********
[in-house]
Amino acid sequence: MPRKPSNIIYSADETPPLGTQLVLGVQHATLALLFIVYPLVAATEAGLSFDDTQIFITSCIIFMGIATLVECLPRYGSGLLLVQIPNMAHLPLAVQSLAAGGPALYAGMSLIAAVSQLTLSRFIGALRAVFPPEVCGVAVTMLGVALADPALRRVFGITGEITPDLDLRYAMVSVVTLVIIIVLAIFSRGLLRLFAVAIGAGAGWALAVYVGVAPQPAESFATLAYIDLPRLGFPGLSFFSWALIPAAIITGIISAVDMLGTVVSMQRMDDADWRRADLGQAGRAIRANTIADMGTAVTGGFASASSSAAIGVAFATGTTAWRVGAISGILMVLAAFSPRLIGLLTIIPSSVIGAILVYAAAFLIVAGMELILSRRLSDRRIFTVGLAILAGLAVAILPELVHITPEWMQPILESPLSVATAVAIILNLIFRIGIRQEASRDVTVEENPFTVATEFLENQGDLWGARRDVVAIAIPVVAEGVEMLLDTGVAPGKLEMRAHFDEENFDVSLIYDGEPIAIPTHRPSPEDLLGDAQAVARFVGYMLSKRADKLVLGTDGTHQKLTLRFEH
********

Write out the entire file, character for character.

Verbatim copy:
[in-house]
Amino acid sequence: MPRKPSNIIYSADETPPLGTQLVLGVQHATLALLFIVYPLVAATEAGLSFDDTQIFITSCIIFMGIATLVECLPRYGSGLLLVQIPNMAHLPLAVQSLAAGGPALYAGMSLIAAVSQLTLSRFIGALRAVFPPEVCGVAVTMLGVALADPALRRVFGITGEITPDLDLRYAMVSVVTLVIIIVLAIFSRGLLRLFAVAIGAGAGWALAVYVGVAPQPAESFATLAYIDLPRLGFPGLSFFSWALIPAAIITGIISAVDMLGTVVSMQRMDDADWRRADLGQAGRAIRANTIADMGTAVTGGFASASSSAAIGVAFATGTTAWRVGAISGILMVLAAFSPRLIGLLTIIPSSVIGAILVYAAAFLIVAGMELILSRRLSDRRIFTVGLAILAGLAVAILPELVHITPEWMQPILESPLSVATAVAIILNLIFRIGIRQEASRDVTVEENPFTVATEFLENQGDLWGARRDVVAIAIPVVAEGVEMLLDTGVAPGKLEMRAHFDEENFDVSLIYDGEPIAIPTHRPSPEDLLGDAQAVARFVGYMLSKRADKLVLGTDGTHQKLTLRFEH